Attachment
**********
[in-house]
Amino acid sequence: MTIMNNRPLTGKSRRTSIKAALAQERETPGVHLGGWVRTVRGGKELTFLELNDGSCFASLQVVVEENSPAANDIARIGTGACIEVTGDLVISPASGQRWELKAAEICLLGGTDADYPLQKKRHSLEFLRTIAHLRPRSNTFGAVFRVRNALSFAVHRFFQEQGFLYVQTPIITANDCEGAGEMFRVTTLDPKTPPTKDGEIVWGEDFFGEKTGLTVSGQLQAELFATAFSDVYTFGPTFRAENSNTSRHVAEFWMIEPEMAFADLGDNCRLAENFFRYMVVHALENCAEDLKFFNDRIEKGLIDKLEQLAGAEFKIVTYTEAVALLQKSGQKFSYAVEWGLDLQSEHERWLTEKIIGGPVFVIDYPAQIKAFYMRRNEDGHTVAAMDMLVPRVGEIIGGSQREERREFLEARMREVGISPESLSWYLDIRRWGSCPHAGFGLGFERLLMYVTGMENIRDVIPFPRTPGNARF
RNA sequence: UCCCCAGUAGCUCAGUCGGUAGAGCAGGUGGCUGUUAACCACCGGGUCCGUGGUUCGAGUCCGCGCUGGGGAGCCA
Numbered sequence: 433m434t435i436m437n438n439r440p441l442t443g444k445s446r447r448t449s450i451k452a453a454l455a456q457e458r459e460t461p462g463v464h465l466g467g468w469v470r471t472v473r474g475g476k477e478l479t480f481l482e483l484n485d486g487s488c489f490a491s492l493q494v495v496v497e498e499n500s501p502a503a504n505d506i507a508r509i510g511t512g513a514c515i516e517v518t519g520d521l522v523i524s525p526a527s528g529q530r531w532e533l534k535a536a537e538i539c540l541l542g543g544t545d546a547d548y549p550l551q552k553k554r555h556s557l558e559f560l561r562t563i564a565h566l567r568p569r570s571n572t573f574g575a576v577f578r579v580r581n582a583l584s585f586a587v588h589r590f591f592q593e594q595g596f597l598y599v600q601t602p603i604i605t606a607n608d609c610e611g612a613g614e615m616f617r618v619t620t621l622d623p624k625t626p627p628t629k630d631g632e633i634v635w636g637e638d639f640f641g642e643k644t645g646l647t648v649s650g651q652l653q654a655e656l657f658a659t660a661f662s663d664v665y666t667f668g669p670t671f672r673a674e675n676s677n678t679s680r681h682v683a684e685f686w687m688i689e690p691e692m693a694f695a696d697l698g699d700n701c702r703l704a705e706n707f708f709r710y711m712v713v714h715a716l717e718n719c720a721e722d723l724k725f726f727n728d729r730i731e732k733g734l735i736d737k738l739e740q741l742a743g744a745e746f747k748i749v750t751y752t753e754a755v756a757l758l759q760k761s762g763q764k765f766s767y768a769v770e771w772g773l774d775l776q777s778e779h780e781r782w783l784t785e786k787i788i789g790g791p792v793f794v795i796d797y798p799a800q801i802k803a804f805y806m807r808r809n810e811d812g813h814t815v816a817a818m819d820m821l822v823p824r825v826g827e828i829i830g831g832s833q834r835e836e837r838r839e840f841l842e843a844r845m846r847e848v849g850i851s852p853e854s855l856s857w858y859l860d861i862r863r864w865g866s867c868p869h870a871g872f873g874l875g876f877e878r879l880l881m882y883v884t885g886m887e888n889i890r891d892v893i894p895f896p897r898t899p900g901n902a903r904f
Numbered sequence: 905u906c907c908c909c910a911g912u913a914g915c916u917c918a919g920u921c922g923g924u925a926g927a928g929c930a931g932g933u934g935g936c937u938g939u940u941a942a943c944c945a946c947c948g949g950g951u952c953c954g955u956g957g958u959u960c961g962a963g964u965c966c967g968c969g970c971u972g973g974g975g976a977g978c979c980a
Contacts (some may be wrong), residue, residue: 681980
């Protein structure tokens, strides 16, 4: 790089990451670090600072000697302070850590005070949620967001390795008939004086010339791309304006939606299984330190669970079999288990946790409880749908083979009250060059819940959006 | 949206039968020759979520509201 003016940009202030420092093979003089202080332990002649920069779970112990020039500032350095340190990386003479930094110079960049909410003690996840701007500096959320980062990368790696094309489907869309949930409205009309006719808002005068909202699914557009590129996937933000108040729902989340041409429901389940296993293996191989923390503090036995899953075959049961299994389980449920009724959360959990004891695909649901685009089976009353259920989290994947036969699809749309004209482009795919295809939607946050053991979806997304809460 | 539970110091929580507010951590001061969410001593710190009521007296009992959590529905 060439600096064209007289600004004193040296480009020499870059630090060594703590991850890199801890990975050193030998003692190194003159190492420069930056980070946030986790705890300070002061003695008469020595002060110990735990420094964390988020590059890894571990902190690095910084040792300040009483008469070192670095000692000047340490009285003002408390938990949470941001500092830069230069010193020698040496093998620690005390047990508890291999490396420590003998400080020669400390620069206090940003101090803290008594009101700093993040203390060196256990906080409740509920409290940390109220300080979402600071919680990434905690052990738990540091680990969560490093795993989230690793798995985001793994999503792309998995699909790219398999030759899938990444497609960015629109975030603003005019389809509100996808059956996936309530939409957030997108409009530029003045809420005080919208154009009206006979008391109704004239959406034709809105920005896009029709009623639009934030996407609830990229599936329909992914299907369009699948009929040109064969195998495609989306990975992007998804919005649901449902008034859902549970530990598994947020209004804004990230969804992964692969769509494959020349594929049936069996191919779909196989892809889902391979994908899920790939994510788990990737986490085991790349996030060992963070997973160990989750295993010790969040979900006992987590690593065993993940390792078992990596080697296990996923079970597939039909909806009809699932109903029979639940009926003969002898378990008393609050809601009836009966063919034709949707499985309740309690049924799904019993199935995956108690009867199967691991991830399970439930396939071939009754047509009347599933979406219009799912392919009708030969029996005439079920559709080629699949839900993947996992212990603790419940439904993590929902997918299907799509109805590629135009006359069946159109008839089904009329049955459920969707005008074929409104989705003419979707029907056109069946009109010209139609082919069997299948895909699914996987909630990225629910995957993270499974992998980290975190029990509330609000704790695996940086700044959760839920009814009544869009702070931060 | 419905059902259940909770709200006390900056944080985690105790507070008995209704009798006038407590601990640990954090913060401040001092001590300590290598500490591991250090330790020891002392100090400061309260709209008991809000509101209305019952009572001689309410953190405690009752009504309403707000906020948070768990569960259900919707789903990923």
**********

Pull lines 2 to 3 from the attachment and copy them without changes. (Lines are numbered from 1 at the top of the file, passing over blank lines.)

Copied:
Amino acid sequence: MTIMNNRPLTGKSRRTSIKAALAQERETPGVHLGGWVRTVRGGKELTFLELNDGSCFASLQVVVEENSPAANDIARIGTGACIEVTGDLVISPASGQRWELKAAEICLLGGTDADYPLQKKRHSLEFLRTIAHLRPRSNTFGAVFRVRNALSFAVHRFFQEQGFLYVQTPIITANDCEGAGEMFRVTTLDPKTPPTKDGEIVWGEDFFGEKTGLTVSGQLQAELFATAFSDVYTFGPTFRAENSNTSRHVAEFWMIEPEMAFADLGDNCRLAENFFRYMVVHALENCAEDLKFFNDRIEKGLIDKLEQLAGAEFKIVTYTEAVALLQKSGQKFSYAVEWGLDLQSEHERWLTEKIIGGPVFVIDYPAQIKAFYMRRNEDGHTVAAMDMLVPRVGEIIGGSQREERREFLEARMREVGISPESLSWYLDIRRWGSCPHAGFGLGFERLLMYVTGMENIRDVIPFPRTPGNARF
RNA sequence: UCCCCAGUAGCUCAGUCGGUAGAGCAGGUGGCUGUUAACCACCGGGUCCGUGGUUCGAGUCCGCGCUGGGGAGCCA